Mind you, none of this is new to me. I’ve been second-guessed quite a bit in my life and strangely enough it usually comes from people who hardly know me. These folks seem to enjoy making up their own reasons why I do what I do, say what I say, or publish what I publish. This is not a complaint, it’s merely a statement of fact.
In Chapter 15 of Ticket to Ride, Morgan finds himself in the town of Lagos, Portugal; frustrated in his search for beauty and truth:
“Once, I wandered around the entire diameter of the town trying to picture it when all that existed was the part of it contained within the old walls; very insular and very much counter to modern sprawl. The new architecture outside of the center was some bastardized, watered down, low-budget version of true workmanship.”
“You just shouldn’t f___ with perfection,” I said to a couple of tourists, snapping away with their camera, she, in a flowery summer dress and a floppy hat and he, in loose trousers, a sport shirt and loafers.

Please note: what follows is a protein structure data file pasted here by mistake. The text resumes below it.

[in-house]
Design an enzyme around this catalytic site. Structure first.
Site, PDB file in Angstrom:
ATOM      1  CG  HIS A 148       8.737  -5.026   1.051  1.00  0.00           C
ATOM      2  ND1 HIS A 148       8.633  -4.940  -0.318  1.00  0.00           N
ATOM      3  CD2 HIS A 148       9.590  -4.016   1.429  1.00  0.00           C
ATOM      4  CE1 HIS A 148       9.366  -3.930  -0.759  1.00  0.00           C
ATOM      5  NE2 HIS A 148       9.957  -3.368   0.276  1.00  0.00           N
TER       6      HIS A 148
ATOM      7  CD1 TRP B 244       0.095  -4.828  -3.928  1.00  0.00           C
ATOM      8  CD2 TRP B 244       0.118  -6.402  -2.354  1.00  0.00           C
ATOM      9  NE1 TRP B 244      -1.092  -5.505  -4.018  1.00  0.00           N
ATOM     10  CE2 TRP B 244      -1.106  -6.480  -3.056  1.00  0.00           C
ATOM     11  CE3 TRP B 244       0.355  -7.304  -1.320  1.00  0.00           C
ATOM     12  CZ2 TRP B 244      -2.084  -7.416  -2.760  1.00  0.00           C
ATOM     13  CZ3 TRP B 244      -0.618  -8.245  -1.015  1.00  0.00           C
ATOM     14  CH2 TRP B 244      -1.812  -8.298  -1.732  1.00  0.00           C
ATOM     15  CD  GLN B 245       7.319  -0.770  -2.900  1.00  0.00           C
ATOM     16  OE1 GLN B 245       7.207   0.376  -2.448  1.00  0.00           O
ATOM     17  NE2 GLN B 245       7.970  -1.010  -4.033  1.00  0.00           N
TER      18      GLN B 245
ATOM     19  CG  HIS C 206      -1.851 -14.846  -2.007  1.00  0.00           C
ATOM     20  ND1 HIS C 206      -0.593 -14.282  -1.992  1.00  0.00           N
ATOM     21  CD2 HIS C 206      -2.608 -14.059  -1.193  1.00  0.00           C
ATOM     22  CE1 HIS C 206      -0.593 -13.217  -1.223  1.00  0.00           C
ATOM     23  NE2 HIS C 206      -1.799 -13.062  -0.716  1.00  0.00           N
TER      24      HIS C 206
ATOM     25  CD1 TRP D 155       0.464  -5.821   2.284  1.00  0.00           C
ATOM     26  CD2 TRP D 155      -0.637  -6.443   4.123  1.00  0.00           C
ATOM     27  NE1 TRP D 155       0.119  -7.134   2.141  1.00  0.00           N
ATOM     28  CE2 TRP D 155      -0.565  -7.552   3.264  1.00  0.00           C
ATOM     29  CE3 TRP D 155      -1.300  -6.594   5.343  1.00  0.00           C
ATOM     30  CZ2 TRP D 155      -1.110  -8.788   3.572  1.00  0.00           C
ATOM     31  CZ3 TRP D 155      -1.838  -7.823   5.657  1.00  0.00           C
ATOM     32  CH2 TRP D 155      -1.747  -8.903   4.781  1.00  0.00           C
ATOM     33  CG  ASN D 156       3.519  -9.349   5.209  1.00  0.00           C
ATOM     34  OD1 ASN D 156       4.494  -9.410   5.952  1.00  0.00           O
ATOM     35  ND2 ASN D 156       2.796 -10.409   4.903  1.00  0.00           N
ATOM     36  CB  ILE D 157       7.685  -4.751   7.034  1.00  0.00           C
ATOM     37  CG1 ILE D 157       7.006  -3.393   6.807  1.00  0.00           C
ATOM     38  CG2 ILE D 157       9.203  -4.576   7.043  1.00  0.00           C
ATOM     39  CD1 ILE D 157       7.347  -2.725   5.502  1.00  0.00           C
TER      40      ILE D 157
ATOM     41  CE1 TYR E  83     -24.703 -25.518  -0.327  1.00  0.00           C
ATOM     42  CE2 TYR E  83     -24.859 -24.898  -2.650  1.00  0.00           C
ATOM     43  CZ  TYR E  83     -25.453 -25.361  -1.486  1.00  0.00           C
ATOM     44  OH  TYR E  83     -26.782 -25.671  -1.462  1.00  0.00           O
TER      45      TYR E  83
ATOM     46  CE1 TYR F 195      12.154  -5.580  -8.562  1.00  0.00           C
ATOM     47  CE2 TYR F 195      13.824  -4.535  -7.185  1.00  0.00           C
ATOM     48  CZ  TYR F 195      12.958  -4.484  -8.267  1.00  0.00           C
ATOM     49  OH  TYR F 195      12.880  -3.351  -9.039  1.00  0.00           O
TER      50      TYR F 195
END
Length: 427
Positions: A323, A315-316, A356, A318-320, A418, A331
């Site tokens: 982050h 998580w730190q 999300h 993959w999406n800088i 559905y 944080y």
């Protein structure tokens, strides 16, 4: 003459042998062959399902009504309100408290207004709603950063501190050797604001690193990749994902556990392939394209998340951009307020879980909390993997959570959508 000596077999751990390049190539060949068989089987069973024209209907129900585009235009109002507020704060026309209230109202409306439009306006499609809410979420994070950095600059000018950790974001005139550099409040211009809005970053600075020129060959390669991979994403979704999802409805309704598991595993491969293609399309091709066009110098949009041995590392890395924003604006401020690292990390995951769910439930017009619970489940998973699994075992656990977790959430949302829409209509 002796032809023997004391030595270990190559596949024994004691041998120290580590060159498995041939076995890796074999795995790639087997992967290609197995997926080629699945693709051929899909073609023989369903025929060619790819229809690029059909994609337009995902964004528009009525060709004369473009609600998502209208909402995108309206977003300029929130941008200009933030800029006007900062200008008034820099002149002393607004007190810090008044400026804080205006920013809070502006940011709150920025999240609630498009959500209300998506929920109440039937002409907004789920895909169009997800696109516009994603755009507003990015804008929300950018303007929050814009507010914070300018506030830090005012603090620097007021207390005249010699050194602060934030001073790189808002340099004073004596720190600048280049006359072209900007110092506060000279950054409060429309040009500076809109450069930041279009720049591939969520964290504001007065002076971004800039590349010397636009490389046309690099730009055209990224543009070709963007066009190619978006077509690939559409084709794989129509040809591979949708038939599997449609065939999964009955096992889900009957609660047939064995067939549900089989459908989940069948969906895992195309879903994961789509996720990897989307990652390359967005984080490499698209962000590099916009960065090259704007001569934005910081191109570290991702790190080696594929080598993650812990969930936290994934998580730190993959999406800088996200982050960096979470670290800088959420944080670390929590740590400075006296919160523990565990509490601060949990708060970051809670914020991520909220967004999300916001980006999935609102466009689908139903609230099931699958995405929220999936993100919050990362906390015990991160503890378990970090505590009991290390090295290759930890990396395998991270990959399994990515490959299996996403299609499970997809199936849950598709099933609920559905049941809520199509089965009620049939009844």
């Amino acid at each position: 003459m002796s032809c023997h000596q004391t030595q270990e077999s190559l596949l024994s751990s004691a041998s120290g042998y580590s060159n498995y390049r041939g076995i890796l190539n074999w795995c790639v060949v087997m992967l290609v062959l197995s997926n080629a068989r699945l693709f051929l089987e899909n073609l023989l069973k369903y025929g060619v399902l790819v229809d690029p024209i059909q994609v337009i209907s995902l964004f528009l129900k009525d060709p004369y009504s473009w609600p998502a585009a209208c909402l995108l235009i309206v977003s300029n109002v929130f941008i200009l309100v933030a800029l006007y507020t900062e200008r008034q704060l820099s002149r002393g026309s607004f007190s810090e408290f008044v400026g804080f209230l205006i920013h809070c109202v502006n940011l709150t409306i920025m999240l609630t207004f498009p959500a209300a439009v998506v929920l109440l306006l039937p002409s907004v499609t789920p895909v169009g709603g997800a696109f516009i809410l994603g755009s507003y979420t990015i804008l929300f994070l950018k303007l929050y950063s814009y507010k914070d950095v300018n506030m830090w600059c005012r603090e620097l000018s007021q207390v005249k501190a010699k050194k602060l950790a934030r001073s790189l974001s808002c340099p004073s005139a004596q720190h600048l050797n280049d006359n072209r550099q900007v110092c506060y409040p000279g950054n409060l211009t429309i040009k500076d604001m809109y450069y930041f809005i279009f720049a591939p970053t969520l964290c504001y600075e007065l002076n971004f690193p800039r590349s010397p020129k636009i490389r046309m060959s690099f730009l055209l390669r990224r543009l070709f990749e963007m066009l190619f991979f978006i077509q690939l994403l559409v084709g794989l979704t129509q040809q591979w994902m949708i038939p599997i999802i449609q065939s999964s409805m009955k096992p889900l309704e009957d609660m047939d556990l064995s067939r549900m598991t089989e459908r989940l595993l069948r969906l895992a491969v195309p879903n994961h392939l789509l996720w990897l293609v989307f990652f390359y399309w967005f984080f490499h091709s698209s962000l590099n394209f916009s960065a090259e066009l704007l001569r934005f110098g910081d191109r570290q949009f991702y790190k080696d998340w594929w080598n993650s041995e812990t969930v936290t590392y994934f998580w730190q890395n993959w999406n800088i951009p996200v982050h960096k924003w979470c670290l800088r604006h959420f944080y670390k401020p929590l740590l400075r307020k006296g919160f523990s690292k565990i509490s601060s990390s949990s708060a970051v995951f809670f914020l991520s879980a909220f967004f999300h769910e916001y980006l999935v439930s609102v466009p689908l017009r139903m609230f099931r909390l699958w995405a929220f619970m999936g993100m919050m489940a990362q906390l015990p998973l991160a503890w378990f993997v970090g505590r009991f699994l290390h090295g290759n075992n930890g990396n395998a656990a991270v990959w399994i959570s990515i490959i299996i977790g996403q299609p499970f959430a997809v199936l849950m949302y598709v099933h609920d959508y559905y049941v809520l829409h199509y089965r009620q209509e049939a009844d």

They looked startled, as if I’d woken them up.
Intro to an excerpt from Chapter 14 of Ticket to Ride
It’s now the spring of 1979 and Livy’s editor has sent her to San Diego to meet with a bunch of surfers for a trip to Cabo San Lucas. Livy has never gone surfing and knows next to nothing about the sport or it’s culture. While on this trip Livy falls in love with the sport and gives us a unique view of the surfing lifestyle and its devotees.
What I’ve tried to do here is to present the world of surfing as realistically and as truthfully as possible. Livy’s experience is informed by the exuberance of Jack London’s introduction to surfing at Waikiki in the early 20th century and is tempered by what I like to think of as Duke Kahanamoku’s vision of the ideal surfer and waterman. Duke was born just outside of Waikiki and, as part of the US Olympic swimming team, won gold in the 1912 and 1920 Olympics, and silver in 1924. He is considered the greatest of the godfathers of surfing and was responsible for introducing the sport to the US and Australia. His integrity and kindness made him a friend to many.
From Chapter 14, Ticket to Ride
In her journal Livy writes: